Ethical design has been one of the most discussed topics in the IT industry and beyond this year. With documentaries like The Social Dilemma bringing awareness of this concept to the mainstream, product managers are taking their turn in the hot seat. Now that we understand the power of design in software, it gives product development a greater weight of responsibility. When companies create products, like this infamous soap machine that discriminates against skin color, we need to question the development process.
You might see it as a duty for companies to step up and make more responsible products, but this means changing their development culture to allow for more time and potentially making compromises on aggressive growth targets. How should leadership be approaching and supporting this? How should product managers be responding? Can you create well-rounded, successful and ethical products at the same time?
To answer these questions, Mike Rastiello, Product Manager at Rackspace Technology, and Heather Ferguson, Content Strategist at Rackspace Technology, join Jeff DeVerter on the Cloud Talk podcast for an episode about ethics in product management.
Tune in to hear about the following:
- Product management best practices
- Bias in code and real-world examples of discriminative products
- AI for Good and ethical initiatives in IT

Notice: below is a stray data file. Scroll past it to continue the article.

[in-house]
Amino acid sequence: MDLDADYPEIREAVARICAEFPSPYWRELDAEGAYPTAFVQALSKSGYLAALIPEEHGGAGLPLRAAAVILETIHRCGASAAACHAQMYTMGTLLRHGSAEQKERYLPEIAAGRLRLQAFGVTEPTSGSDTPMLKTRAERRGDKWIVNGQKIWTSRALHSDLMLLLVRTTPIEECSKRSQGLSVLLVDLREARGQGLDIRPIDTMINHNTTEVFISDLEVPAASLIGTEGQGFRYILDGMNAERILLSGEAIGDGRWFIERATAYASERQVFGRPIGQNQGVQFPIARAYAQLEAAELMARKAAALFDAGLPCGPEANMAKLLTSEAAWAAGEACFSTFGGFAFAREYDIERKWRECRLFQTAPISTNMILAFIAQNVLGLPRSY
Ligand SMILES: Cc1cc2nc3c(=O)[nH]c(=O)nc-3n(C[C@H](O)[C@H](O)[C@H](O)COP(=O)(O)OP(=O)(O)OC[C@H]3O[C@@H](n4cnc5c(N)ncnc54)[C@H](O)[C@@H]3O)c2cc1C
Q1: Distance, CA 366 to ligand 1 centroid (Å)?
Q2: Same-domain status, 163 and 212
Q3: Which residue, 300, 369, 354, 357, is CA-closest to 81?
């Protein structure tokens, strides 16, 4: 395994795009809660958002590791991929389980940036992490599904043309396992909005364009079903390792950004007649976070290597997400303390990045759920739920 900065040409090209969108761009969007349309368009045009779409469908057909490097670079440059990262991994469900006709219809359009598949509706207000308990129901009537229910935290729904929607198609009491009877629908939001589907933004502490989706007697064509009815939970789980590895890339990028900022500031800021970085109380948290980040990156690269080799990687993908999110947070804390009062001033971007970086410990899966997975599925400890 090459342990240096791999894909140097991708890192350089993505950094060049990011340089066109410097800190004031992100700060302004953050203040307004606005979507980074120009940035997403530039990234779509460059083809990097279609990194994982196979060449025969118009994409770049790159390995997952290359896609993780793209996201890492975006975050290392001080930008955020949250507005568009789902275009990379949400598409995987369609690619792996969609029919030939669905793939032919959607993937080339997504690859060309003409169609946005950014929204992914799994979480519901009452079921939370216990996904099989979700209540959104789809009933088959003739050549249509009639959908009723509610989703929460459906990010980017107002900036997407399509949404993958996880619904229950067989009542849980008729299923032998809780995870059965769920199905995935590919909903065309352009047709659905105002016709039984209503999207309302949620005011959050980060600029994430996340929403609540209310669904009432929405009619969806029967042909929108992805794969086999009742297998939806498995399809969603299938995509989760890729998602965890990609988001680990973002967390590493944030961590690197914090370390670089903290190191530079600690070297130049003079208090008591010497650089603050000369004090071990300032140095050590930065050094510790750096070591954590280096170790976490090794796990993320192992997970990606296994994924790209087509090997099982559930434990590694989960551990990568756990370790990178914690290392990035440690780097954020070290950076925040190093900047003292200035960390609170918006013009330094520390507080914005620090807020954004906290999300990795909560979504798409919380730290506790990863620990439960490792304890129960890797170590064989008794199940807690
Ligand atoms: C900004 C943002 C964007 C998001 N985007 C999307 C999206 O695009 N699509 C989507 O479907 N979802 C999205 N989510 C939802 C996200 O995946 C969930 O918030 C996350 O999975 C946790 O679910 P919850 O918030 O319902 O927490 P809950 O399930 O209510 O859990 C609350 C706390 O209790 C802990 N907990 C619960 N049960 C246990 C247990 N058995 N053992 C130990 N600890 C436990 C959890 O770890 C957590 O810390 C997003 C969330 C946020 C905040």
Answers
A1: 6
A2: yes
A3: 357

- The importance of diversity in product development
- Protecting your data and the right to privacy
Rastiello talks about the importance of acting responsibly in product management to take care of your users. “You’re going to make mistakes. It’s inevitable. The key is to make sure that once you discover a mistake has been made, admit to it. Figure out who was affected by it, how you can fix it, make the situation right. Take care and protect your users as best as possible.”
Rastiello continues by emphasizing the role of diversity throughout product development. “Diversity needs to be every step of the way, from requirement gathering, to who you’re building your user stories with, to who’s actually doing the developing and the designing of these products. If it’s hardware or software, who is QAing them? And then who was in your testing group? Was there a diverse enough population as possible in all those? Ranging from race to sexuality to gender.”
Ferguson explains the root of problems in development, which is slowly improving. “It ties back to the field of IT in general, which is, unfortunately, not the most diverse body of people. This is getting better over time, and it does seem to be becoming a more relevant topic for more people. Especially as we start talking about AI and technology that will be able to act independently.”